Most of us have heard the axiom that honesty is the best policy. I’m confident many people abide by it.
However, as I look back on my life, now that I’m in my sixties, I notice that every time I was completely honest in my opinions and feelings, it brought about horrific consequences. Life-altering mushroom clouds . . . ka-BOOM! . . . leaving me dazed, confused, and contemplating the scattered ashes of my life.
Unfortunately, this has happened to me more than once—actually several times. So, I’ve (finally) decided to change my thinking about this well-known advice to:
1- Never be honest.
2- Never say what you are thinking.
3- Tell people exactly what they want to hear. If you don’t, you will pay the consequences.
Does this sort of thing happen to anyone else, or just me?
I was recently asked this question by a friend, and I could not answer her to my satisfaction. When I ponder the idea, I can’t even come up with a clear reply. I suppose I find inspiration in everything . . . every experience, every memory, every “thing” that brings me joy and in which I’m interested, and that would include all the beautiful created stuff on Earth. Now that’s a looong list!
I write about things I like, so I can experience them more fully, and I also write about situations that I’d like to be in but will never be able to do, for various reasons. So yeah, I live vicariously through my characters. I would think most authors do this. It’s kind of a cool way to live a life that is much larger and more interesting than the one you currently have. ~
I honestly prefer black and white movies. There’s just something about them that I find better than the modern colored variety. Isn’t that odd? Maybe it’s an emotional thing, as I was born during the time when nobody had color TV. When the Wizard of Oz came out, it was, I believe, the very first movie produced in color. I remember my parents took us kids over to a friend’s house to watch it because they had one of these wondrous things called a color TV set.
My dad was a frugal man, for which I’m very grateful, as I learned a thrifty mindset at an early age and grew up with it, and it does come in handy most of the time. Anyway, he had a perfectly good black and white TV and saw no reason to replace it, even though color sets were available. It wasn’t until my first year of college that my folks finally bought their first color TV.
So, perhaps this fondness for the many shades of grey on the television screen takes me back to my childhood and the experience of watching movies in black and white. Maybe that’s it. Or possibly it has something to do with the fact (in my opinion, it’s fact) that TV was a lot better back then. If a show is in black and white, you automatically know it’s safe to watch and that you’re not liable to encounter a plethora of things you’d rather not see. However, if it’s in color, it indicates a certain time frame, where you just never know what they might put in that TV show or movie, even if they do have a rating.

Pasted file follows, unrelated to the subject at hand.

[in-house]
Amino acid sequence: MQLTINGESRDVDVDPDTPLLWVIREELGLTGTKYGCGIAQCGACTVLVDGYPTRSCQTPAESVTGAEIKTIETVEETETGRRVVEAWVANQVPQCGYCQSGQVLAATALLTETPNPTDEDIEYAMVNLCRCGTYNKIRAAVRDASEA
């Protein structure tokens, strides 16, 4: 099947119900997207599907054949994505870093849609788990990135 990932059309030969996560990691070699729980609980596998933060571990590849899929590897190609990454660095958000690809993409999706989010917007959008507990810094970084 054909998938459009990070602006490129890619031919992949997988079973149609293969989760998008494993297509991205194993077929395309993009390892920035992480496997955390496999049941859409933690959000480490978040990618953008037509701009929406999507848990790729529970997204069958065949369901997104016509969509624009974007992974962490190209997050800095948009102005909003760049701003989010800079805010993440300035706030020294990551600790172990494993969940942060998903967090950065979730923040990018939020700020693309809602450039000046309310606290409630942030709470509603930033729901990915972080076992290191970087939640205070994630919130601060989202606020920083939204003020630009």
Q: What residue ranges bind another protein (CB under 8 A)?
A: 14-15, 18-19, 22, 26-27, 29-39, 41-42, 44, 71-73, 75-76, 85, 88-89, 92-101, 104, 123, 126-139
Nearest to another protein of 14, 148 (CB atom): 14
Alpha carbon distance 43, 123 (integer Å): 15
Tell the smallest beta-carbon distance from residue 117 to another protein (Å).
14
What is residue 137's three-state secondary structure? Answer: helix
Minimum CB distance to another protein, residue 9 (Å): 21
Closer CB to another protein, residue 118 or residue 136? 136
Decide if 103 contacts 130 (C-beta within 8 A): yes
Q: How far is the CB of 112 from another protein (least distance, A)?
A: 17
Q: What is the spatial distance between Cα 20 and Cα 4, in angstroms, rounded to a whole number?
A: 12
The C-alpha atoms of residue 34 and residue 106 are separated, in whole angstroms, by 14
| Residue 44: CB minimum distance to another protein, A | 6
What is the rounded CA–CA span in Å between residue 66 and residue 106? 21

Anyway . . . just my rambling thoughts on the subject. ~
I started trying to write (I say trying because I had an awful lot to learn, but didn’t know it at the time) when my daughter was a baby. She will turn forty this year, so that tells you how long I’ve been at this. My first impulse to write came from reading the Harlequin Romance books that were popular back in the 80’s. Some of the books were quite good, but some of them . . . well, let’s just say I knew I could do better. So I poked at it, just for fun, to see what might happen.
Before I could get very far with my new ambition, another baby came along and so I had to set writing on the back burner for awhile (as any mother will understand) although I didn’t give up on the idea. I scribbled some thoughts here and there when I had time, and a few years later I joined a book club where you’d buy one book a month at a discount. These were books for writers and they covered everything you needed to know to be successful. I was thrilled, and it was easier to read while my kids were little than to write.
I homeschooled my children from kindergarten age through high school, so that adventure took up every last bit of time I had. Yet, I did manage to read every book I could get my hands on that taught me how to write. I spent many years on that project and learned a great deal. When my kids were old enough to begin pursuing their own interests, I found I had small chunks of time here and there where I could think my own thoughts and maybe, just possibly, create a story that could be interesting. For the next several years, I tried to write as much as I could and did manage to produce a fat novel, but when it came time to find an agent, which you had to do back then, the real struggle became apparent—because it was just about impossible to get anyone to look at you unless you were Somebody. You’d hear stories of someone being discovered in the ‘slush pile’ as they used to call it, but I was never that fortunate.